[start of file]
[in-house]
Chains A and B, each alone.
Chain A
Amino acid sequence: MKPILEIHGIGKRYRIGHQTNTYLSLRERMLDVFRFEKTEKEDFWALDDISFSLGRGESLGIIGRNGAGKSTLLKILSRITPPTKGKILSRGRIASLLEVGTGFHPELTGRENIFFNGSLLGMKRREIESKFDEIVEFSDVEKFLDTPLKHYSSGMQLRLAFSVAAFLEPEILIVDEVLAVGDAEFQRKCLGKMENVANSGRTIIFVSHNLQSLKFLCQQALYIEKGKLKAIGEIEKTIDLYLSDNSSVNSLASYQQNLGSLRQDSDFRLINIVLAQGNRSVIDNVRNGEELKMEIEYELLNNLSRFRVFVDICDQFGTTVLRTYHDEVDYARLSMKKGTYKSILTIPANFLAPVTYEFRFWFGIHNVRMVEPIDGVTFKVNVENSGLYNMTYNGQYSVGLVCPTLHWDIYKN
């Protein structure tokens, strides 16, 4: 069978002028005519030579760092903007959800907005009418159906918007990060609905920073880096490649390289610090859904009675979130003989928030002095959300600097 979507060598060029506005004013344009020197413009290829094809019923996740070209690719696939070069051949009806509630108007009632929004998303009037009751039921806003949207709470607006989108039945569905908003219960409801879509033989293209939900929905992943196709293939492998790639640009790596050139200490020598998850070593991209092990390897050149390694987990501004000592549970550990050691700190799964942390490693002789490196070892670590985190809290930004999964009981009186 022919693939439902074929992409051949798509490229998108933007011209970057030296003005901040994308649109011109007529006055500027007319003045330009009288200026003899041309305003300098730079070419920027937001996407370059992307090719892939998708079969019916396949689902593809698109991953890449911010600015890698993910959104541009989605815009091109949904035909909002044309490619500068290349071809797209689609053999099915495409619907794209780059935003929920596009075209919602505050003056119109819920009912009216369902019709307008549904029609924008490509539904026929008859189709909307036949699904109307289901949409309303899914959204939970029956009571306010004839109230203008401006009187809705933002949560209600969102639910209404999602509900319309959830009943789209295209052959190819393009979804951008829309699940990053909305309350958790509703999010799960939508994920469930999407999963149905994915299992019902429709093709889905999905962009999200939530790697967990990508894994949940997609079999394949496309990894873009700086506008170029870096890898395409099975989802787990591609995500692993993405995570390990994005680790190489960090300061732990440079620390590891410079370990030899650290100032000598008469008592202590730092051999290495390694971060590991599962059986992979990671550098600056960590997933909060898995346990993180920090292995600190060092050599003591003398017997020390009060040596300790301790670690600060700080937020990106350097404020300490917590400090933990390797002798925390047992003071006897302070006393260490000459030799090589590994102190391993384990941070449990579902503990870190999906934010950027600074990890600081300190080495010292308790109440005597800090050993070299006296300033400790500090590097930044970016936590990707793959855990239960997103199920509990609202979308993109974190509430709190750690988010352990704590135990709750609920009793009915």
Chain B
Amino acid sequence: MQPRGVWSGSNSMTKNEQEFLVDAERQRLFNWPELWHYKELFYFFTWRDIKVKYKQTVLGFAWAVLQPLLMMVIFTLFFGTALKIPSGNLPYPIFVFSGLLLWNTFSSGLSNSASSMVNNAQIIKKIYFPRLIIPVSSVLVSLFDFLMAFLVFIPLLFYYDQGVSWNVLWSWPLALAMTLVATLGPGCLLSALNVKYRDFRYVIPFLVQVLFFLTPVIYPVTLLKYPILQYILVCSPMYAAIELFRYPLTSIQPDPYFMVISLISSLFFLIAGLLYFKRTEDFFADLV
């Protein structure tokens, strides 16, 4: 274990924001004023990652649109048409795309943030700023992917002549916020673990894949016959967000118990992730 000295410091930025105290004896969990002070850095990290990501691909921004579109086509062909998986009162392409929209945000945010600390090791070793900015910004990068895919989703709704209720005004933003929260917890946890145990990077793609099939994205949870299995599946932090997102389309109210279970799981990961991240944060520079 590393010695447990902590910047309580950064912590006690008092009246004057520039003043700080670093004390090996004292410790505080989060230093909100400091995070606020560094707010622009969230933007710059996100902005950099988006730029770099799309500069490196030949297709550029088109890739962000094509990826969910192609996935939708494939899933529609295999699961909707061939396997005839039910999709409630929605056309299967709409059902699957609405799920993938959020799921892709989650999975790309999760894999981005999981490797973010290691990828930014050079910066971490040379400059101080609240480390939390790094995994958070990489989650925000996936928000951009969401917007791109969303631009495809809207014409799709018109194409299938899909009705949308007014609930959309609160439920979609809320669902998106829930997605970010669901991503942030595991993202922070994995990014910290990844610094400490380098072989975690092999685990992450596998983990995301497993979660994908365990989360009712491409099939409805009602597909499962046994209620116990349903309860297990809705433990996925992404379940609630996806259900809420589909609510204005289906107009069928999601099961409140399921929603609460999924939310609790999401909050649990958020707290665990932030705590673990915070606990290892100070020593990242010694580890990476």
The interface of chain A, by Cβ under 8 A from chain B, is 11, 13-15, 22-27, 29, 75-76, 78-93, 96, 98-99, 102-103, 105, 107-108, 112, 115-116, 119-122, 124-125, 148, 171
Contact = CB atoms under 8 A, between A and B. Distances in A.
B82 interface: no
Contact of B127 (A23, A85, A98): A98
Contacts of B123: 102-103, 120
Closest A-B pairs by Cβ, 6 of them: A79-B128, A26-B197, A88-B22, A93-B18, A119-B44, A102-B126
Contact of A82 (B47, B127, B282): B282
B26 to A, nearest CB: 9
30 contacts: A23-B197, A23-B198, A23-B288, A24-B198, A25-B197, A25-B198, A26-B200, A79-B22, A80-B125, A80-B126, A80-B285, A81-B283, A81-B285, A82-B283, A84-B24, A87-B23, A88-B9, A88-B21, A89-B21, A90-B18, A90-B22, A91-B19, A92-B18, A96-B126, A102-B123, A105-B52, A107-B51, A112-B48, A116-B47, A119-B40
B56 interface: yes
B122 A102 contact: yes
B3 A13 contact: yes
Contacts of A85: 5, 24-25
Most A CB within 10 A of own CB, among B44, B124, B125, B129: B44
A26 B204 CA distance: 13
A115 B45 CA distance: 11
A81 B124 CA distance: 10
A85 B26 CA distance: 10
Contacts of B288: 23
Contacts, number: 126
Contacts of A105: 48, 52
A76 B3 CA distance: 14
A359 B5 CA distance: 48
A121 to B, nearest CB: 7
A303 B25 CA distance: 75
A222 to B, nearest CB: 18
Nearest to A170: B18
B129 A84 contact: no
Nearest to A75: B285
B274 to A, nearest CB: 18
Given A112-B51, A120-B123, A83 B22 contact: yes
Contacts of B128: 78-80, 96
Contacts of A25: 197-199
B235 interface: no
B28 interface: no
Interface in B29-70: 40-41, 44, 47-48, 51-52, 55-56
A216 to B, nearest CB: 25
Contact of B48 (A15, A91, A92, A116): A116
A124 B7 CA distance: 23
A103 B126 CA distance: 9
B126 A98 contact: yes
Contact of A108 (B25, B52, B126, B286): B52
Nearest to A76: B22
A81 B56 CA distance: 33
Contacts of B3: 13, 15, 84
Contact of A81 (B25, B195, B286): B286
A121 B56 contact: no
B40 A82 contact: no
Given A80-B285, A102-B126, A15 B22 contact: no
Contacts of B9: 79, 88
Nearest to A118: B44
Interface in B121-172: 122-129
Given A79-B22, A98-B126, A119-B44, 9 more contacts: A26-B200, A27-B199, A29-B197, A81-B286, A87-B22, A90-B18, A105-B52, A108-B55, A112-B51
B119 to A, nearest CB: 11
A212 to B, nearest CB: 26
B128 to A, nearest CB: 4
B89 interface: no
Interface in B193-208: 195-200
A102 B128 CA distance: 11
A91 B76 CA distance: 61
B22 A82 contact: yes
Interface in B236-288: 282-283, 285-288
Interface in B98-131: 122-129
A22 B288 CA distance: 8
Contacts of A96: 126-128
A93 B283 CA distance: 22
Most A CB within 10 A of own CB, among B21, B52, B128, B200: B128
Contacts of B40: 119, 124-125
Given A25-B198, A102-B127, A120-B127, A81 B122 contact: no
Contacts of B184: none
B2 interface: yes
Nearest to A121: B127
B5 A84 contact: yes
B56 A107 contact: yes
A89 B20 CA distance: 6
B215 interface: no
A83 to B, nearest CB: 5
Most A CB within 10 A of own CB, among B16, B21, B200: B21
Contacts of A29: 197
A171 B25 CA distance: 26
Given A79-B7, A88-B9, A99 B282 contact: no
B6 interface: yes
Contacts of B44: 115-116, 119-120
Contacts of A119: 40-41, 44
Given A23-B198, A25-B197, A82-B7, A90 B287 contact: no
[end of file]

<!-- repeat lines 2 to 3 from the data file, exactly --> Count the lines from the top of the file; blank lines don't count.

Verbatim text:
Chains A and B, each alone.
Chain A